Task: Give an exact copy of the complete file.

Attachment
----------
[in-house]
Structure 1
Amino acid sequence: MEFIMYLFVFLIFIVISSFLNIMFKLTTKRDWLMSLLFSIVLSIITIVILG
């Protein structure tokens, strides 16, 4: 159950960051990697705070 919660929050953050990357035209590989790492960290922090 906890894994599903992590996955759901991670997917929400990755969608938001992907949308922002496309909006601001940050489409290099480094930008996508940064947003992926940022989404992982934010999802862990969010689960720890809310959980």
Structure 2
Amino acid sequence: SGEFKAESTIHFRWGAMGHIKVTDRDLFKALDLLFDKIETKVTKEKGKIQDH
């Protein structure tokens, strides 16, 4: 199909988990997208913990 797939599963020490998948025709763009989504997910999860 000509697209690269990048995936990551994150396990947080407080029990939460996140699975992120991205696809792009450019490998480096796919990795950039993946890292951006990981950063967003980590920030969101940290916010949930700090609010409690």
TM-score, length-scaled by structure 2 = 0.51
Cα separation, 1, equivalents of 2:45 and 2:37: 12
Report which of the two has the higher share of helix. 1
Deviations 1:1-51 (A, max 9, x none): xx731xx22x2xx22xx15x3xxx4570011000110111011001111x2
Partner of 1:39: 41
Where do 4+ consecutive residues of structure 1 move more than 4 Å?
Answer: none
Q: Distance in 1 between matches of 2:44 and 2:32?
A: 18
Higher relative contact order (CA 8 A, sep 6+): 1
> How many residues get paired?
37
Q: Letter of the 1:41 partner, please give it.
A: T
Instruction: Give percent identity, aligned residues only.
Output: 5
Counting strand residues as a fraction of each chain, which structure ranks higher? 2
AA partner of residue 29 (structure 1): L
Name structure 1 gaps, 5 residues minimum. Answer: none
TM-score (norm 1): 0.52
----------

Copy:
[in-house]
Structure 1
Amino acid sequence: MEFIMYLFVFLIFIVISSFLNIMFKLTTKRDWLMSLLFSIVLSIITIVILG
């Protein structure tokens, strides 16, 4: 159950960051990697705070 919660929050953050990357035209590989790492960290922090 906890894994599903992590996955759901991670997917929400990755969608938001992907949308922002496309909006601001940050489409290099480094930008996508940064947003992926940022989404992982934010999802862990969010689960720890809310959980």
Structure 2
Amino acid sequence: SGEFKAESTIHFRWGAMGHIKVTDRDLFKALDLLFDKIETKVTKEKGKIQDH
């Protein structure tokens, strides 16, 4: 199909988990997208913990 797939599963020490998948025709763009989504997910999860 000509697209690269990048995936990551994150396990947080407080029990939460996140699975992120991205696809792009450019490998480096796919990795950039993946890292951006990981950063967003980590920030969101940290916010949930700090609010409690």
TM-score, length-scaled by structure 2 = 0.51
Cα separation, 1, equivalents of 2:45 and 2:37: 12
Report which of the two has the higher share of helix. 1
Deviations 1:1-51 (A, max 9, x none): xx731xx22x2xx22xx15x3xxx4570011000110111011001111x2
Partner of 1:39: 41
Where do 4+ consecutive residues of structure 1 move more than 4 Å?
Answer: none
Q: Distance in 1 between matches of 2:44 and 2:32?
A: 18
Higher relative contact order (CA 8 A, sep 6+): 1
> How many residues get paired?
37
Q: Letter of the 1:41 partner, please give it.
A: T
Instruction: Give percent identity, aligned residues only.
Output: 5
Counting strand residues as a fraction of each chain, which structure ranks higher? 2
AA partner of residue 29 (structure 1): L
Name structure 1 gaps, 5 residues minimum. Answer: none
TM-score (norm 1): 0.52